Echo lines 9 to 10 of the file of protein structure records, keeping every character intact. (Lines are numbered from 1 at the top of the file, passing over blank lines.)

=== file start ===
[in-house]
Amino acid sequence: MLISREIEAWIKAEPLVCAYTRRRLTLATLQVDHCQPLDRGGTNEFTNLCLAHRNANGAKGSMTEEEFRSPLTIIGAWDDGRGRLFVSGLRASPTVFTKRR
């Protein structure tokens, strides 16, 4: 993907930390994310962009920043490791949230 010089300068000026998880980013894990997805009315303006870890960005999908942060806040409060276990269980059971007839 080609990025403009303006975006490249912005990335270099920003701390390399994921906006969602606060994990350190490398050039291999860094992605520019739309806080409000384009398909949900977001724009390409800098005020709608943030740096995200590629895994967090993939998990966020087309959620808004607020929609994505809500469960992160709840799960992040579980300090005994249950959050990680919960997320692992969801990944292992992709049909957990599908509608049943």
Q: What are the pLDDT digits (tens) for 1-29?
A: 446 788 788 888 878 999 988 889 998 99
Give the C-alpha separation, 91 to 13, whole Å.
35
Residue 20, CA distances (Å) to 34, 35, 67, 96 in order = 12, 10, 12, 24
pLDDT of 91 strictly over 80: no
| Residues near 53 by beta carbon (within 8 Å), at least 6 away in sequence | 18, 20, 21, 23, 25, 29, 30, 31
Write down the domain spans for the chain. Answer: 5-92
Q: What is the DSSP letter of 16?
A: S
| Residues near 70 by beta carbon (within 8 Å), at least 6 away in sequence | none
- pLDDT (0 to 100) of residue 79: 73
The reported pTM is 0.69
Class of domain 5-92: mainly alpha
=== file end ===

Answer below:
pLDDT of 91 strictly over 80: no
| Residues near 53 by beta carbon (within 8 Å), at least 6 away in sequence | 18, 20, 21, 23, 25, 29, 30, 31